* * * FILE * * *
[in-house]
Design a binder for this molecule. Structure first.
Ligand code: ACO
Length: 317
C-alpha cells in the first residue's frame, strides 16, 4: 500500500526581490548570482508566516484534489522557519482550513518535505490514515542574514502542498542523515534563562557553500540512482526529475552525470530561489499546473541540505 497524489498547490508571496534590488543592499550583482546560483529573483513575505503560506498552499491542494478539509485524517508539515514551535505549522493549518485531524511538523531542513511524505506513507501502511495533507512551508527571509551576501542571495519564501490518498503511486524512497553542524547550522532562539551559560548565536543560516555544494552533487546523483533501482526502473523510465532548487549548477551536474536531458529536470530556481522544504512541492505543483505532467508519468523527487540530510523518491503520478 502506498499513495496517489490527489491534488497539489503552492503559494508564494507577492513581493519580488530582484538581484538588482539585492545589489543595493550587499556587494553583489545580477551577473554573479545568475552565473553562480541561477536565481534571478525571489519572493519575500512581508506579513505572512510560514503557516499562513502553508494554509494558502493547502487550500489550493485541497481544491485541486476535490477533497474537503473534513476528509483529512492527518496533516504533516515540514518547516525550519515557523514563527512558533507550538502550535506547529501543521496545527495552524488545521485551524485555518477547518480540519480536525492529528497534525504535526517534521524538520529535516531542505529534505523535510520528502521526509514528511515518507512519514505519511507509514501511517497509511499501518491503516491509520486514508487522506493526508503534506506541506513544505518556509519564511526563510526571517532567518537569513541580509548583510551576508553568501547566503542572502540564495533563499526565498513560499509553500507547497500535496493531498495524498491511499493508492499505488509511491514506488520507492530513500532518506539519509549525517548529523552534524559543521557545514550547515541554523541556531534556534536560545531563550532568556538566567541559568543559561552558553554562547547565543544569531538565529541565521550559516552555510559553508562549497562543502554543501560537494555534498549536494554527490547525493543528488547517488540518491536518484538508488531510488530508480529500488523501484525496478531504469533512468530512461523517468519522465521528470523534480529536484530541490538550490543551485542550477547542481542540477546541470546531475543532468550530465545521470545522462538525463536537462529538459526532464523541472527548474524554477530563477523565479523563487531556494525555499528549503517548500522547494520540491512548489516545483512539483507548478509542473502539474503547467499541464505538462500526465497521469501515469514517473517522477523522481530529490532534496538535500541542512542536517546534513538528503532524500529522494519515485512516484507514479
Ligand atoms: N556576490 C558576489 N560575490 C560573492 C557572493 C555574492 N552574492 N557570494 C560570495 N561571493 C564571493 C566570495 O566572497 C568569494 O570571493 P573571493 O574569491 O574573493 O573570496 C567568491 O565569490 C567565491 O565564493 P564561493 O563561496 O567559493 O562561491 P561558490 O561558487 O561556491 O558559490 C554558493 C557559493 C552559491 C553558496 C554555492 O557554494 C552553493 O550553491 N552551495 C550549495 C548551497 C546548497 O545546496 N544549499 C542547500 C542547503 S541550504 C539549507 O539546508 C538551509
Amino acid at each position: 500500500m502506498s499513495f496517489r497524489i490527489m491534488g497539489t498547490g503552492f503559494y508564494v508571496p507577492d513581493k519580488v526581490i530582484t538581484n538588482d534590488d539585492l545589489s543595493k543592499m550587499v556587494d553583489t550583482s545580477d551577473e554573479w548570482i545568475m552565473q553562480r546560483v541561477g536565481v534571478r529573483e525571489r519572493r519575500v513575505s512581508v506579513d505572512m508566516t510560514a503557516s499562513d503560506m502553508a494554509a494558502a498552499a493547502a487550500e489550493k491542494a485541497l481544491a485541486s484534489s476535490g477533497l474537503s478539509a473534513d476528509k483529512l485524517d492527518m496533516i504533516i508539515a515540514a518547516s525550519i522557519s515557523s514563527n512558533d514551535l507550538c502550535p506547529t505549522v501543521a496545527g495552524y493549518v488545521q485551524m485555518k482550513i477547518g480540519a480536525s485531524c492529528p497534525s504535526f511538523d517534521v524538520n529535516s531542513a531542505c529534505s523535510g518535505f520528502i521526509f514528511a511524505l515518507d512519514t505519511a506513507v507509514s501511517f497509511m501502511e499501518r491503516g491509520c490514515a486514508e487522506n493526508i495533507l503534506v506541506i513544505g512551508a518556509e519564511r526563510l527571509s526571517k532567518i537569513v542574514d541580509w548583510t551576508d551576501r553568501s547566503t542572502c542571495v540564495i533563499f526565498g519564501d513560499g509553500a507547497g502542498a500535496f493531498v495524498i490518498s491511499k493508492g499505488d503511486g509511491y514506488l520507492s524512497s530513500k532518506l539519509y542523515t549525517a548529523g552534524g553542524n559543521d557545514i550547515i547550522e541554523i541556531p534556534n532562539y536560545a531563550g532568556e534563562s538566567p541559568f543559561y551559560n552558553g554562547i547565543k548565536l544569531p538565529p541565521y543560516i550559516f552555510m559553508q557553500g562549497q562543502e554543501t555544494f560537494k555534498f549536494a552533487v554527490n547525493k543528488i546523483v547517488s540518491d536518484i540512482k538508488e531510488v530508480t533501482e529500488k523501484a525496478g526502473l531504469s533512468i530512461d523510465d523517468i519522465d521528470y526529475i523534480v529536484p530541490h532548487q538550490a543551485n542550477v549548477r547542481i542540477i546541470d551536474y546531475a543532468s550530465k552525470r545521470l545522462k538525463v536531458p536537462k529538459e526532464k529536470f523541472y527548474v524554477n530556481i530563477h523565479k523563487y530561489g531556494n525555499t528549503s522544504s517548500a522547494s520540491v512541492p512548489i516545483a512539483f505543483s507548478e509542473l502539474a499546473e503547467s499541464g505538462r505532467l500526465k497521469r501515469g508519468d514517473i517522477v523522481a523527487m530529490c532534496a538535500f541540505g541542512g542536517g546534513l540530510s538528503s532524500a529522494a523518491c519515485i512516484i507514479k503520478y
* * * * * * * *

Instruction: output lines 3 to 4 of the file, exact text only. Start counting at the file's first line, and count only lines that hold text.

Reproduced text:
Ligand code: ACO
Length: 317